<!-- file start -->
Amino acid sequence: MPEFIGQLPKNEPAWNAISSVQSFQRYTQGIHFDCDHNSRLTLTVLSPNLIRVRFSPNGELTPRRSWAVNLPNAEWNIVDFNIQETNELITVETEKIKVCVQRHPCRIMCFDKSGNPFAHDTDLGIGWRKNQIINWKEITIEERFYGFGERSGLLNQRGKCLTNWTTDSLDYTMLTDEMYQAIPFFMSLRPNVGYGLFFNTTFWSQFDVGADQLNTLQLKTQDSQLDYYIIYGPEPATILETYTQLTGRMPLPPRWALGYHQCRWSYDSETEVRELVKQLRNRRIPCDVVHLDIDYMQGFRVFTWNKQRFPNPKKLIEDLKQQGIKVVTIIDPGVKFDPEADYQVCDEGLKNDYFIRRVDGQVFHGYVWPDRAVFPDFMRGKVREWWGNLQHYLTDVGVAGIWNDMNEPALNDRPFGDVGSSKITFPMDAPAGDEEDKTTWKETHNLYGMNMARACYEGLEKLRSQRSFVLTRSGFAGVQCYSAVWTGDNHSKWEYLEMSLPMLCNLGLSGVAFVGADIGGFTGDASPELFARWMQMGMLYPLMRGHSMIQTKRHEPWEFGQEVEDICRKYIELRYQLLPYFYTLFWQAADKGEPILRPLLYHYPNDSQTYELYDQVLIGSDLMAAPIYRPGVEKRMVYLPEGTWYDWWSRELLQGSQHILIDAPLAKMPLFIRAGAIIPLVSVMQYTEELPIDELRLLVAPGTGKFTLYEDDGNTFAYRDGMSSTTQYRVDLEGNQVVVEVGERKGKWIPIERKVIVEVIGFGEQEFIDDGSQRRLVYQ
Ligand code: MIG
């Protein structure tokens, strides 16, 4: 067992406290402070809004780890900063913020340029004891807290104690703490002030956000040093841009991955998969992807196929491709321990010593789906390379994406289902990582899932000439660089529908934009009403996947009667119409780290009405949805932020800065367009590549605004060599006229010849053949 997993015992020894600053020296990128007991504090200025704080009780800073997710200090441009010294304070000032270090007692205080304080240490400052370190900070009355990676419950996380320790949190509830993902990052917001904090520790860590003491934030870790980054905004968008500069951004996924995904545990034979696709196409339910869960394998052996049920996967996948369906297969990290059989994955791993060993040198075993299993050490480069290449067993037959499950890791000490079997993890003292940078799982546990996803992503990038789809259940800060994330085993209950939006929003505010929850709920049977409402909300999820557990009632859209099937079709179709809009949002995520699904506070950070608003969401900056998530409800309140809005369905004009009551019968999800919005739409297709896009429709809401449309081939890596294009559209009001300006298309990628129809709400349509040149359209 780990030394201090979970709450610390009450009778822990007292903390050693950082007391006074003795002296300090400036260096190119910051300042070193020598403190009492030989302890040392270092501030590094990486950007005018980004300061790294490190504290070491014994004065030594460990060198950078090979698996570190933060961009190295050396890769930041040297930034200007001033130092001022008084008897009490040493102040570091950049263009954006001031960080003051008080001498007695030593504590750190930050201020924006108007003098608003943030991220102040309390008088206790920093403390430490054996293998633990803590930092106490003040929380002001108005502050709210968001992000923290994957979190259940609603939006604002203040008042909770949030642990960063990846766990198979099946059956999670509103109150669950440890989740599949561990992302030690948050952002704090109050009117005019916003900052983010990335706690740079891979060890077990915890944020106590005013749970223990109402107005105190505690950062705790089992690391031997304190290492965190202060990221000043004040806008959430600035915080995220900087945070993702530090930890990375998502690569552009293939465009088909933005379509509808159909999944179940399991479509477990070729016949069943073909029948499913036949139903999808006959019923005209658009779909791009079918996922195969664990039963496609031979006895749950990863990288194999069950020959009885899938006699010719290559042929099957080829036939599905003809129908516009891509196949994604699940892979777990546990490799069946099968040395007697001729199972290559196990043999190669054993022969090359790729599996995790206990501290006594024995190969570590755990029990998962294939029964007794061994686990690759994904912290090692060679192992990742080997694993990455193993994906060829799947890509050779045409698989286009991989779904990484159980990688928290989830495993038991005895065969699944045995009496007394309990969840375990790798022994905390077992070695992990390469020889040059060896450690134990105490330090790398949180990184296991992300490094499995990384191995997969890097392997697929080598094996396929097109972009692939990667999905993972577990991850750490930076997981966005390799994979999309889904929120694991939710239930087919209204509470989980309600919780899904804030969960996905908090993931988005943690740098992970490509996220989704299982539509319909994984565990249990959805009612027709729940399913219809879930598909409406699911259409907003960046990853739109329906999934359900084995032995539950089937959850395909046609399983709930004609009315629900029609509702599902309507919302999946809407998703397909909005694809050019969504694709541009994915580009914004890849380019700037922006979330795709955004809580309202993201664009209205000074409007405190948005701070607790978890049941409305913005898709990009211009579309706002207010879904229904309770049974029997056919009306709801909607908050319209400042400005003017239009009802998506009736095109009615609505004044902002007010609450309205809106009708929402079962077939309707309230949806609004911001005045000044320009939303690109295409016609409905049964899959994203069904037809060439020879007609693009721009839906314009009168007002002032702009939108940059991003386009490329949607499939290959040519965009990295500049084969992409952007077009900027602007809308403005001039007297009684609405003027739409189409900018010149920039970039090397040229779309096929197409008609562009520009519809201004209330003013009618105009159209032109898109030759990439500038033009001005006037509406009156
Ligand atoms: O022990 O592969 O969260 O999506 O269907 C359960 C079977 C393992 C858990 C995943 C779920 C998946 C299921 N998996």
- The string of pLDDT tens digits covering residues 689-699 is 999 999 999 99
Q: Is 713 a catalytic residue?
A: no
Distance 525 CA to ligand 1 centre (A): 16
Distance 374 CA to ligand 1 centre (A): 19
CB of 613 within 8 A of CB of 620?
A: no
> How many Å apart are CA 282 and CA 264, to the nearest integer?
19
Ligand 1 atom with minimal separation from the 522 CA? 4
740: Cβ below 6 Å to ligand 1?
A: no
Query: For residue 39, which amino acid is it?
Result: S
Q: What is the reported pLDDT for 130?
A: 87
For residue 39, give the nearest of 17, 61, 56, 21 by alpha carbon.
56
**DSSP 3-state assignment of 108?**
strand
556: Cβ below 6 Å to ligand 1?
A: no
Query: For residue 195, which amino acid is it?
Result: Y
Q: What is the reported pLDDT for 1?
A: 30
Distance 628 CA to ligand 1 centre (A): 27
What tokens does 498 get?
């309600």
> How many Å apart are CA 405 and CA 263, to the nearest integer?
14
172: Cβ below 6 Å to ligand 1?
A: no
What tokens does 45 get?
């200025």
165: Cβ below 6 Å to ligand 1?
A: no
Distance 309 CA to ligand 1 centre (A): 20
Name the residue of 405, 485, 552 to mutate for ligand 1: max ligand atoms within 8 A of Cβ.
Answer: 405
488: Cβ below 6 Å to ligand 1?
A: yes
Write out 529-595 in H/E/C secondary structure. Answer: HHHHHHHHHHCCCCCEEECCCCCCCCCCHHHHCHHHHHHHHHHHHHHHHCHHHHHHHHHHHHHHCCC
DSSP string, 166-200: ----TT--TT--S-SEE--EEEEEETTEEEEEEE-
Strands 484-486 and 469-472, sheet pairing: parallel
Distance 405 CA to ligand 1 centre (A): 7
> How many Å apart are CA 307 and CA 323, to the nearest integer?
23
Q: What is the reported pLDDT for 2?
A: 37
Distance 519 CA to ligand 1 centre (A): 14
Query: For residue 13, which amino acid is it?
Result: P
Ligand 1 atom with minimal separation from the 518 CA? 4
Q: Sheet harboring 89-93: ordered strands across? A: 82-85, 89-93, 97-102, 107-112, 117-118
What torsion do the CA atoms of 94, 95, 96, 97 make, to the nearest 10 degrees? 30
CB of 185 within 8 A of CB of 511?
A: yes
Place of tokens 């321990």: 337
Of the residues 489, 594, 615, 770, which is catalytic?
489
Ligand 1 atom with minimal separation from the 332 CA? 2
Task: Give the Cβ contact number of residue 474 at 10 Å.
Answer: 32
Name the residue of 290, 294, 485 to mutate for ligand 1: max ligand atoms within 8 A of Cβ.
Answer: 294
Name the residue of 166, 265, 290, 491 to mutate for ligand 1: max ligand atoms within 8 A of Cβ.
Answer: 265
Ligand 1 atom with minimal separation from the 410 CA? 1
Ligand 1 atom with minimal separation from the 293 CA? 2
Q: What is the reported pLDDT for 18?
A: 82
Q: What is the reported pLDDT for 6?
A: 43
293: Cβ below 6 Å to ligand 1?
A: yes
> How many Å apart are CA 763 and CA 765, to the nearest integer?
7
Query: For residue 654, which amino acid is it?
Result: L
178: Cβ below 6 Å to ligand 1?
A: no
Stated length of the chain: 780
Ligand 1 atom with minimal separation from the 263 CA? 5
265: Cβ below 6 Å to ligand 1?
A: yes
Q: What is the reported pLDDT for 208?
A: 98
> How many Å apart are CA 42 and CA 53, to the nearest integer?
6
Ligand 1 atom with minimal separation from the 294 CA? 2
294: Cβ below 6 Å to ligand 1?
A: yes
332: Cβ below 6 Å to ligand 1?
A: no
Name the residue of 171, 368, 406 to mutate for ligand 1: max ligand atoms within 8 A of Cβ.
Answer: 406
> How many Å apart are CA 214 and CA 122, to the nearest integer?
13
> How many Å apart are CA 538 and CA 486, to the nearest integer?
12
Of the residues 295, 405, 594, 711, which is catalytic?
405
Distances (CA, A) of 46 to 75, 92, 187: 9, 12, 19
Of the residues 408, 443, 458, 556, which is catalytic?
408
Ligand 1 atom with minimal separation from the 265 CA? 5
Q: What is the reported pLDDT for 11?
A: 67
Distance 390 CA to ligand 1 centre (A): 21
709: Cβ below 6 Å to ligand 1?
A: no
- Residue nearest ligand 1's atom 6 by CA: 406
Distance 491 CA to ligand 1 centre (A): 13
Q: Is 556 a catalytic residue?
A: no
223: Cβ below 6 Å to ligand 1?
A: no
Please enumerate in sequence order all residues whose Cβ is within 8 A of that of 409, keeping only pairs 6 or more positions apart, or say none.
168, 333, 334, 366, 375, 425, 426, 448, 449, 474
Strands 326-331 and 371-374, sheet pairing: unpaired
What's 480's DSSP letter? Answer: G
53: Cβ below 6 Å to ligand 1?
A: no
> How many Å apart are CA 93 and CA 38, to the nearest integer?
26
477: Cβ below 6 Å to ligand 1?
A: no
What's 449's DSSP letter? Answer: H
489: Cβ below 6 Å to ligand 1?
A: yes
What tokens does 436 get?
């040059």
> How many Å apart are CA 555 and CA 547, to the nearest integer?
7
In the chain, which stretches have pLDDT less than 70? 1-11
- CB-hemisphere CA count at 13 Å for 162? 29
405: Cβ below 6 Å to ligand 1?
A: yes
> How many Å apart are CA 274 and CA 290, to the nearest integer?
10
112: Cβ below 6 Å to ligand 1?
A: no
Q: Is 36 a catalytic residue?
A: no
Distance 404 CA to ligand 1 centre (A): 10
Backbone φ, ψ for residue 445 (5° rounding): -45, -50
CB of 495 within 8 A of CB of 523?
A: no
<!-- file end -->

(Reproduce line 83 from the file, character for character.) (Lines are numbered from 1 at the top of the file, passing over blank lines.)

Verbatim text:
Query: For residue 654, which amino acid is it?